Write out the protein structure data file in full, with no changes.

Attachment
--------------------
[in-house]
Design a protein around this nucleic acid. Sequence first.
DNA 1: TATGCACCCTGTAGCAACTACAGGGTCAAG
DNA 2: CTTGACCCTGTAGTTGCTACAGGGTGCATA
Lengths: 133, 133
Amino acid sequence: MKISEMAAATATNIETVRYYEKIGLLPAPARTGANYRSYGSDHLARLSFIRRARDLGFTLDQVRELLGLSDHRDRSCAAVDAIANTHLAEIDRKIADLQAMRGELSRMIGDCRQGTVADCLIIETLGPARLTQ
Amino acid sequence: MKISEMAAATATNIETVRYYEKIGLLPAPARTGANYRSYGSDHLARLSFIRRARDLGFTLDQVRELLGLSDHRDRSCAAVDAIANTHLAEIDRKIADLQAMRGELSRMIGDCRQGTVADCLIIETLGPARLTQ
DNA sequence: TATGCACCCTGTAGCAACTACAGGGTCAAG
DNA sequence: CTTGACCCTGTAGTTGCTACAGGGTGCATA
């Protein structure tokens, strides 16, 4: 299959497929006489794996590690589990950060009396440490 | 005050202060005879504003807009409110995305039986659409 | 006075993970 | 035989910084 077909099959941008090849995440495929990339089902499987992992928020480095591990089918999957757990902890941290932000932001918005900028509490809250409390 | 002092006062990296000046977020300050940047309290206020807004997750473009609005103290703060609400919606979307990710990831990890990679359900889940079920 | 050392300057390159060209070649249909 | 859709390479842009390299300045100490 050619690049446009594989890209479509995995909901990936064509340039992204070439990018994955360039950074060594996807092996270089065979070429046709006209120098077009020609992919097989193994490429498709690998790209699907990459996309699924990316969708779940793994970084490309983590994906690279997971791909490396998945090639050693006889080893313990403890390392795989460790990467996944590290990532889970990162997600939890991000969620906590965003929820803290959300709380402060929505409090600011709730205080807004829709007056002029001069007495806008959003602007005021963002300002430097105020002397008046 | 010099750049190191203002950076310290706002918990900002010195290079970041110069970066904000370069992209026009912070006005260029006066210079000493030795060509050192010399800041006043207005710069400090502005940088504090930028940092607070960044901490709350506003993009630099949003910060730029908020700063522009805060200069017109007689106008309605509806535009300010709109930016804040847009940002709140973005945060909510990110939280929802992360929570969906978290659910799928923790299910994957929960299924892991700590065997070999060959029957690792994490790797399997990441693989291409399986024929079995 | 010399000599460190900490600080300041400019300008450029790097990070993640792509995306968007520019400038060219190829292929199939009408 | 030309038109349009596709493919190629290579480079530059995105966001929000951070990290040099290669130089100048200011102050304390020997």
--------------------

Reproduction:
[in-house]
Design a protein around this nucleic acid. Sequence first.
DNA 1: TATGCACCCTGTAGCAACTACAGGGTCAAG
DNA 2: CTTGACCCTGTAGTTGCTACAGGGTGCATA
Lengths: 133, 133
Amino acid sequence: MKISEMAAATATNIETVRYYEKIGLLPAPARTGANYRSYGSDHLARLSFIRRARDLGFTLDQVRELLGLSDHRDRSCAAVDAIANTHLAEIDRKIADLQAMRGELSRMIGDCRQGTVADCLIIETLGPARLTQ
Amino acid sequence: MKISEMAAATATNIETVRYYEKIGLLPAPARTGANYRSYGSDHLARLSFIRRARDLGFTLDQVRELLGLSDHRDRSCAAVDAIANTHLAEIDRKIADLQAMRGELSRMIGDCRQGTVADCLIIETLGPARLTQ
DNA sequence: TATGCACCCTGTAGCAACTACAGGGTCAAG
DNA sequence: CTTGACCCTGTAGTTGCTACAGGGTGCATA
């Protein structure tokens, strides 16, 4: 299959497929006489794996590690589990950060009396440490 | 005050202060005879504003807009409110995305039986659409 | 006075993970 | 035989910084 077909099959941008090849995440495929990339089902499987992992928020480095591990089918999957757990902890941290932000932001918005900028509490809250409390 | 002092006062990296000046977020300050940047309290206020807004997750473009609005103290703060609400919606979307990710990831990890990679359900889940079920 | 050392300057390159060209070649249909 | 859709390479842009390299300045100490 050619690049446009594989890209479509995995909901990936064509340039992204070439990018994955360039950074060594996807092996270089065979070429046709006209120098077009020609992919097989193994490429498709690998790209699907990459996309699924990316969708779940793994970084490309983590994906690279997971791909490396998945090639050693006889080893313990403890390392795989460790990467996944590290990532889970990162997600939890991000969620906590965003929820803290959300709380402060929505409090600011709730205080807004829709007056002029001069007495806008959003602007005021963002300002430097105020002397008046 | 010099750049190191203002950076310290706002918990900002010195290079970041110069970066904000370069992209026009912070006005260029006066210079000493030795060509050192010399800041006043207005710069400090502005940088504090930028940092607070960044901490709350506003993009630099949003910060730029908020700063522009805060200069017109007689106008309605509806535009300010709109930016804040847009940002709140973005945060909510990110939280929802992360929570969906978290659910799928923790299910994957929960299924892991700590065997070999060959029957690792994490790797399997990441693989291409399986024929079995 | 010399000599460190900490600080300041400019300008450029790097990070993640792509995306968007520019400038060219190829292929199939009408 | 030309038109349009596709493919190629290579480079530059995105966001929000951070990290040099290669130089100048200011102050304390020997």